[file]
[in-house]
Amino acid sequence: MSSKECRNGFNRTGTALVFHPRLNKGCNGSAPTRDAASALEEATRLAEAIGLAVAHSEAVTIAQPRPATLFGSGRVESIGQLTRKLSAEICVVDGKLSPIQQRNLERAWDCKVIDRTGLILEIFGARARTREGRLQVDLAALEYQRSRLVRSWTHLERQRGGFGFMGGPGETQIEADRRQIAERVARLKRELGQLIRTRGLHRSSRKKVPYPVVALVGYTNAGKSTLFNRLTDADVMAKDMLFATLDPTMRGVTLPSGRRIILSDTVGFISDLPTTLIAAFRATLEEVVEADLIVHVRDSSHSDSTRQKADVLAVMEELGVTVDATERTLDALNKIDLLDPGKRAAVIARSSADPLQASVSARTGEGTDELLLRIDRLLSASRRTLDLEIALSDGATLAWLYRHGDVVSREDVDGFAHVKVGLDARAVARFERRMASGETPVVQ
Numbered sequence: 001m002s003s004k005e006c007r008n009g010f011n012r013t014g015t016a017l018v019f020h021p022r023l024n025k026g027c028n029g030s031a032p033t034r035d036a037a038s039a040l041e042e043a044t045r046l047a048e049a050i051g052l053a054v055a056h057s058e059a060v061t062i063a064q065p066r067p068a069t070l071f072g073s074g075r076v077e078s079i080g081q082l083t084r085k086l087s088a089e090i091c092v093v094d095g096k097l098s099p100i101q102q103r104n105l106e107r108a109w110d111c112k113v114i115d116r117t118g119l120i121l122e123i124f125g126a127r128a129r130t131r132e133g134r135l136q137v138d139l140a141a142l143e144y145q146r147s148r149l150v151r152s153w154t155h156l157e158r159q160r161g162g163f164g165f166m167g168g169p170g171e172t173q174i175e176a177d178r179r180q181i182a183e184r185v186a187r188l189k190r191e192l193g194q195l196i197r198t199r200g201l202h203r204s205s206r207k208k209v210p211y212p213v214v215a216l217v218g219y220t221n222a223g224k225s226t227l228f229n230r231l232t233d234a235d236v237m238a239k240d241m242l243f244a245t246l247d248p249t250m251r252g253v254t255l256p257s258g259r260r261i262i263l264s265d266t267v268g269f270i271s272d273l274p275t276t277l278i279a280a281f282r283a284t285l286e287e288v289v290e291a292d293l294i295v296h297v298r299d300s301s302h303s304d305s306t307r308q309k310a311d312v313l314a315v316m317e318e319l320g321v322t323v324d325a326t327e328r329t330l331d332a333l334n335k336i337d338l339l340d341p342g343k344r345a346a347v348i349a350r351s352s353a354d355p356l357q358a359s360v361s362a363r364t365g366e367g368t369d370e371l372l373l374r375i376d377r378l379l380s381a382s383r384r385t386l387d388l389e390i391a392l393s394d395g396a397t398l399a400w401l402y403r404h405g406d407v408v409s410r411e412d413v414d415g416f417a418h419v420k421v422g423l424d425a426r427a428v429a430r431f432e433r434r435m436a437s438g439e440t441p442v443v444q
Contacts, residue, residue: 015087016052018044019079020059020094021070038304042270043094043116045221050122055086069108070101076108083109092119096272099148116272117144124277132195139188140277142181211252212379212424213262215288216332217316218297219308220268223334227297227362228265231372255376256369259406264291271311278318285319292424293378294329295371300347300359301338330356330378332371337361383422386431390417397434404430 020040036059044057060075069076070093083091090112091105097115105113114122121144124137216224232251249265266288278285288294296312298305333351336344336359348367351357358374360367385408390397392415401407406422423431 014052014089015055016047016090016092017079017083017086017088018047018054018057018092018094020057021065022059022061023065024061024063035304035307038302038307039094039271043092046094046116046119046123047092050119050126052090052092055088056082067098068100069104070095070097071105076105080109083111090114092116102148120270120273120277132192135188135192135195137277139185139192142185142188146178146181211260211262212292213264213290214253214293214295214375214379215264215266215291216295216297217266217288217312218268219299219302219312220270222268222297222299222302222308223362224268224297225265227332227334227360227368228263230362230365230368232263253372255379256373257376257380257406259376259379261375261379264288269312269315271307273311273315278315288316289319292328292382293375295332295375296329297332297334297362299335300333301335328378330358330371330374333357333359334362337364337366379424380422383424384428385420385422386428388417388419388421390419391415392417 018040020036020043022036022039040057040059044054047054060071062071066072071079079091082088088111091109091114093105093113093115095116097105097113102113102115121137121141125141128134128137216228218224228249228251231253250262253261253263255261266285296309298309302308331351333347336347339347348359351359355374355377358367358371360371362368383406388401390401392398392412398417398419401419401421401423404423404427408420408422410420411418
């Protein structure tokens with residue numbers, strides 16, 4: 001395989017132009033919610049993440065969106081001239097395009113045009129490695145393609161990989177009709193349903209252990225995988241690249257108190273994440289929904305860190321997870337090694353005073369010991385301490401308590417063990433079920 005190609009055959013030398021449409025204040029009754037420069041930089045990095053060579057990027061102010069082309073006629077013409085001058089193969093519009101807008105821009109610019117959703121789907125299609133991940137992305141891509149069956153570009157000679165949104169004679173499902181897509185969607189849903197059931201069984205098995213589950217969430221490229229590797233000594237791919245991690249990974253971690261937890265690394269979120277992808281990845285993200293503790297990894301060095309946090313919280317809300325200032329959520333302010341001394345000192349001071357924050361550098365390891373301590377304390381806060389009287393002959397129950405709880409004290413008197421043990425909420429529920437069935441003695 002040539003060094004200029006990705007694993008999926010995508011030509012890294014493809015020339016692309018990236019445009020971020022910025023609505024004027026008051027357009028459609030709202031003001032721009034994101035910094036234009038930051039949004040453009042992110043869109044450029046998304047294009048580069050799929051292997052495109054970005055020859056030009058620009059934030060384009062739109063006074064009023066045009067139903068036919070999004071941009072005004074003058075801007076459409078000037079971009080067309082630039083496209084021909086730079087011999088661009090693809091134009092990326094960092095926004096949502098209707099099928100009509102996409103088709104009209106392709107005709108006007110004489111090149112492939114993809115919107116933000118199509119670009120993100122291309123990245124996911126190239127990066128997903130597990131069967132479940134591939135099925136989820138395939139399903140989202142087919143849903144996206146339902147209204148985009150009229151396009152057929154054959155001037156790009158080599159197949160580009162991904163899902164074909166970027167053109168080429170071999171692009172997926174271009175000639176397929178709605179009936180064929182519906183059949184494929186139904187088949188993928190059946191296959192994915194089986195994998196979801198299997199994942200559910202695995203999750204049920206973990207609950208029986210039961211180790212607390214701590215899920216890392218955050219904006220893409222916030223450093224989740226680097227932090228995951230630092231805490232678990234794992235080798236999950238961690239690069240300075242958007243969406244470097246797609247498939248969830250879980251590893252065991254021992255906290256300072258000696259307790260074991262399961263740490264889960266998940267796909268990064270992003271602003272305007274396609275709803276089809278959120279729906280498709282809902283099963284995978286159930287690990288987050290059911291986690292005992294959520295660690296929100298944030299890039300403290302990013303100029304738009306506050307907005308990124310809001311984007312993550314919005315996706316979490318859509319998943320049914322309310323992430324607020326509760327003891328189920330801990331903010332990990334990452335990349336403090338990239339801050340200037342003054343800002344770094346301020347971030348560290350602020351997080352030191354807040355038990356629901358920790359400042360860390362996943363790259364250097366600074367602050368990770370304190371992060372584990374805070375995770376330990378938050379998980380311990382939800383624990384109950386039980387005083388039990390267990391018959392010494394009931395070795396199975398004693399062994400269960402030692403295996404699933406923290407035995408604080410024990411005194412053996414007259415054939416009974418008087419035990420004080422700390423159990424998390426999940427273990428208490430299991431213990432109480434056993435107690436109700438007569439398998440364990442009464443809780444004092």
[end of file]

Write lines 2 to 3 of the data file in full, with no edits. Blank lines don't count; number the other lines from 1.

Amino acid sequence: MSSKECRNGFNRTGTALVFHPRLNKGCNGSAPTRDAASALEEATRLAEAIGLAVAHSEAVTIAQPRPATLFGSGRVESIGQLTRKLSAEICVVDGKLSPIQQRNLERAWDCKVIDRTGLILEIFGARARTREGRLQVDLAALEYQRSRLVRSWTHLERQRGGFGFMGGPGETQIEADRRQIAERVARLKRELGQLIRTRGLHRSSRKKVPYPVVALVGYTNAGKSTLFNRLTDADVMAKDMLFATLDPTMRGVTLPSGRRIILSDTVGFISDLPTTLIAAFRATLEEVVEADLIVHVRDSSHSDSTRQKADVLAVMEELGVTVDATERTLDALNKIDLLDPGKRAAVIARSSADPLQASVSARTGEGTDELLLRIDRLLSASRRTLDLEIALSDGATLAWLYRHGDVVSREDVDGFAHVKVGLDARAVARFERRMASGETPVVQ
Numbered sequence: 001m002s003s004k005e006c007r008n009g010f011n012r013t014g015t016a017l018v019f020h021p022r023l024n025k026g027c028n029g030s031a032p033t034r035d036a037a038s039a040l041e042e043a044t045r046l047a048e049a050i051g052l053a054v055a056h057s058e059a060v061t062i063a064q065p066r067p068a069t070l071f072g073s074g075r076v077e078s079i080g081q082l083t084r085k086l087s088a089e090i091c092v093v094d095g096k097l098s099p100i101q102q103r104n105l106e107r108a109w110d111c112k113v114i115d116r117t118g119l120i121l122e123i124f125g126a127r128a129r130t131r132e133g134r135l136q137v138d139l140a141a142l143e144y145q146r147s148r149l150v151r152s153w154t155h156l157e158r159q160r161g162g163f164g165f166m167g168g169p170g171e172t173q174i175e176a177d178r179r180q181i182a183e184r185v186a187r188l189k190r191e192l193g194q195l196i197r198t199r200g201l202h203r204s205s206r207k208k209v210p211y212p213v214v215a216l217v218g219y220t221n222a223g224k225s226t227l228f229n230r231l232t233d234a235d236v237m238a239k240d241m242l243f244a245t246l247d248p249t250m251r252g253v254t255l256p257s258g259r260r261i262i263l264s265d266t267v268g269f270i271s272d273l274p275t276t277l278i279a280a281f282r283a284t285l286e287e288v289v290e291a292d293l294i295v296h297v298r299d300s301s302h303s304d305s306t307r308q309k310a311d312v313l314a315v316m317e318e319l320g321v322t323v324d325a326t327e328r329t330l331d332a333l334n335k336i337d338l339l340d341p342g343k344r345a346a347v348i349a350r351s352s353a354d355p356l357q358a359s360v361s362a363r364t365g366e367g368t369d370e371l372l373l374r375i376d377r378l379l380s381a382s383r384r385t386l387d388l389e390i391a392l393s394d395g396a397t398l399a400w401l402y403r404h405g406d407v408v409s410r411e412d413v414d415g416f417a418h419v420k421v422g423l424d425a426r427a428v429a430r431f432e433r434r435m436a437s438g439e440t441p442v443v444q